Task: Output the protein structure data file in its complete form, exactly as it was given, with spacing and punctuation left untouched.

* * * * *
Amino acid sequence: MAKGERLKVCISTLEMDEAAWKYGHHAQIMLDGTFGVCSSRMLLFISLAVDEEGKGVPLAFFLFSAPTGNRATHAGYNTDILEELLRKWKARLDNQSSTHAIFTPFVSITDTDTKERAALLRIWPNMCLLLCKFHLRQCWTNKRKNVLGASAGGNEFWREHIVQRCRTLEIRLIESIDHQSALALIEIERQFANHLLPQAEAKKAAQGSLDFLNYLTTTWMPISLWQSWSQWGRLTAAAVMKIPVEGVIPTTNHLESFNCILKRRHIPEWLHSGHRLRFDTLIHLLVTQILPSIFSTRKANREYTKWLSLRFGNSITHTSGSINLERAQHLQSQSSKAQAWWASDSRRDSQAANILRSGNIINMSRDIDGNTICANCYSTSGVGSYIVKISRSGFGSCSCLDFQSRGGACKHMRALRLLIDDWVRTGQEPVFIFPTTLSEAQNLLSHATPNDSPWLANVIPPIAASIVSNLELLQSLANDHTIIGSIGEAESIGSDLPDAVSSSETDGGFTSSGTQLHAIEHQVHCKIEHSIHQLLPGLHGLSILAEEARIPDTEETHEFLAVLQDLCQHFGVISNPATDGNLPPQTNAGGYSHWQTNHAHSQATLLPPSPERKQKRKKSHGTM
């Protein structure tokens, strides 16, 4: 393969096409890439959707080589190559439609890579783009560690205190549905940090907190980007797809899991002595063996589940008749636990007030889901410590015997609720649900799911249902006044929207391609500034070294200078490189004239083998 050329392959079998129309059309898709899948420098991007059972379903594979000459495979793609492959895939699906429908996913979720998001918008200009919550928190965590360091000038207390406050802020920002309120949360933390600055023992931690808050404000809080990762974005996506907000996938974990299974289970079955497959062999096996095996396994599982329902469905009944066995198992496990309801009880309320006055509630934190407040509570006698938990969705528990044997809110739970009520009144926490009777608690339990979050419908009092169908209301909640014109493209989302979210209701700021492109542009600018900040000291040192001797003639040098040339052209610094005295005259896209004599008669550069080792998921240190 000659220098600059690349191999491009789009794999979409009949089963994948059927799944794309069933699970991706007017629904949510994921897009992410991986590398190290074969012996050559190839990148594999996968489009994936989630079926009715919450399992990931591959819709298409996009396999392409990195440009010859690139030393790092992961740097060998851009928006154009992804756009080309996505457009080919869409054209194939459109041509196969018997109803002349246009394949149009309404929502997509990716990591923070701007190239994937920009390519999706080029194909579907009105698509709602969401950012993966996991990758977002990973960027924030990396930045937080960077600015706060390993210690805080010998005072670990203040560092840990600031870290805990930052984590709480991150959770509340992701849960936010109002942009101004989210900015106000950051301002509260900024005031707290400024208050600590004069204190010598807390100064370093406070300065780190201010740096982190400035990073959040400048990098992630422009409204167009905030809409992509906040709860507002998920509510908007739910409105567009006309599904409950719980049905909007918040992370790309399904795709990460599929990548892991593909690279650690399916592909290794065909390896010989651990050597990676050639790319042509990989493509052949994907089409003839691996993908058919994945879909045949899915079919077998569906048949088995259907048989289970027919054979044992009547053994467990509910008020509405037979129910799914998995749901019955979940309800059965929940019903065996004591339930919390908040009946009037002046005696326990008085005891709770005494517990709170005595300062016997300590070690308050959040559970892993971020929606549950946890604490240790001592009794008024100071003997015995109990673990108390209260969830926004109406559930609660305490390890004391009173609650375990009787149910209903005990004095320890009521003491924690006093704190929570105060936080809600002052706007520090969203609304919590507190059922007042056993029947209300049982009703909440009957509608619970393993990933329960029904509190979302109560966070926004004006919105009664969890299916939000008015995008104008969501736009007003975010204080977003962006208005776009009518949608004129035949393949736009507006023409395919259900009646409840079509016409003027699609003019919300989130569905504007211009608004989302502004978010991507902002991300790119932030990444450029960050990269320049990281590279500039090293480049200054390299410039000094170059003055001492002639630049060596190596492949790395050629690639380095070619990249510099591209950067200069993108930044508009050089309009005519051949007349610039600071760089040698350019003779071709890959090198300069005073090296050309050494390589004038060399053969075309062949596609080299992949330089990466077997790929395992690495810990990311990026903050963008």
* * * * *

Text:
Amino acid sequence: MAKGERLKVCISTLEMDEAAWKYGHHAQIMLDGTFGVCSSRMLLFISLAVDEEGKGVPLAFFLFSAPTGNRATHAGYNTDILEELLRKWKARLDNQSSTHAIFTPFVSITDTDTKERAALLRIWPNMCLLLCKFHLRQCWTNKRKNVLGASAGGNEFWREHIVQRCRTLEIRLIESIDHQSALALIEIERQFANHLLPQAEAKKAAQGSLDFLNYLTTTWMPISLWQSWSQWGRLTAAAVMKIPVEGVIPTTNHLESFNCILKRRHIPEWLHSGHRLRFDTLIHLLVTQILPSIFSTRKANREYTKWLSLRFGNSITHTSGSINLERAQHLQSQSSKAQAWWASDSRRDSQAANILRSGNIINMSRDIDGNTICANCYSTSGVGSYIVKISRSGFGSCSCLDFQSRGGACKHMRALRLLIDDWVRTGQEPVFIFPTTLSEAQNLLSHATPNDSPWLANVIPPIAASIVSNLELLQSLANDHTIIGSIGEAESIGSDLPDAVSSSETDGGFTSSGTQLHAIEHQVHCKIEHSIHQLLPGLHGLSILAEEARIPDTEETHEFLAVLQDLCQHFGVISNPATDGNLPPQTNAGGYSHWQTNHAHSQATLLPPSPERKQKRKKSHGTM
């Protein structure tokens, strides 16, 4: 393969096409890439959707080589190559439609890579783009560690205190549905940090907190980007797809899991002595063996589940008749636990007030889901410590015997609720649900799911249902006044929207391609500034070294200078490189004239083998 050329392959079998129309059309898709899948420098991007059972379903594979000459495979793609492959895939699906429908996913979720998001918008200009919550928190965590360091000038207390406050802020920002309120949360933390600055023992931690808050404000809080990762974005996506907000996938974990299974289970079955497959062999096996095996396994599982329902469905009944066995198992496990309801009880309320006055509630934190407040509570006698938990969705528990044997809110739970009520009144926490009777608690339990979050419908009092169908209301909640014109493209989302979210209701700021492109542009600018900040000291040192001797003639040098040339052209610094005295005259896209004599008669550069080792998921240190 000659220098600059690349191999491009789009794999979409009949089963994948059927799944794309069933699970991706007017629904949510994921897009992410991986590398190290074969012996050559190839990148594999996968489009994936989630079926009715919450399992990931591959819709298409996009396999392409990195440009010859690139030393790092992961740097060998851009928006154009992804756009080309996505457009080919869409054209194939459109041509196969018997109803002349246009394949149009309404929502997509990716990591923070701007190239994937920009390519999706080029194909579907009105698509709602969401950012993966996991990758977002990973960027924030990396930045937080960077600015706060390993210690805080010998005072670990203040560092840990600031870290805990930052984590709480991150959770509340992701849960936010109002942009101004989210900015106000950051301002509260900024005031707290400024208050600590004069204190010598807390100064370093406070300065780190201010740096982190400035990073959040400048990098992630422009409204167009905030809409992509906040709860507002998920509510908007739910409105567009006309599904409950719980049905909007918040992370790309399904795709990460599929990548892991593909690279650690399916592909290794065909390896010989651990050597990676050639790319042509990989493509052949994907089409003839691996993908058919994945879909045949899915079919077998569906048949088995259907048989289970027919054979044992009547053994467990509910008020509405037979129910799914998995749901019955979940309800059965929940019903065996004591339930919390908040009946009037002046005696326990008085005891709770005494517990709170005595300062016997300590070690308050959040559970892993971020929606549950946890604490240790001592009794008024100071003997015995109990673990108390209260969830926004109406559930609660305490390890004391009173609650375990009787149910209903005990004095320890009521003491924690006093704190929570105060936080809600002052706007520090969203609304919590507190059922007042056993029947209300049982009703909440009957509608619970393993990933329960029904509190979302109560966070926004004006919105009664969890299916939000008015995008104008969501736009007003975010204080977003962006208005776009009518949608004129035949393949736009507006023409395919259900009646409840079509016409003027699609003019919300989130569905504007211009608004989302502004978010991507902002991300790119932030990444450029960050990269320049990281590279500039090293480049200054390299410039000094170059003055001492002639630049060596190596492949790395050629690639380095070619990249510099591209950067200069993108930044508009050089309009005519051949007349610039600071760089040698350019003779071709890959090198300069005073090296050309050494390589004038060399053969075309062949596609080299992949330089990466077997790929395992690495810990990311990026903050963008």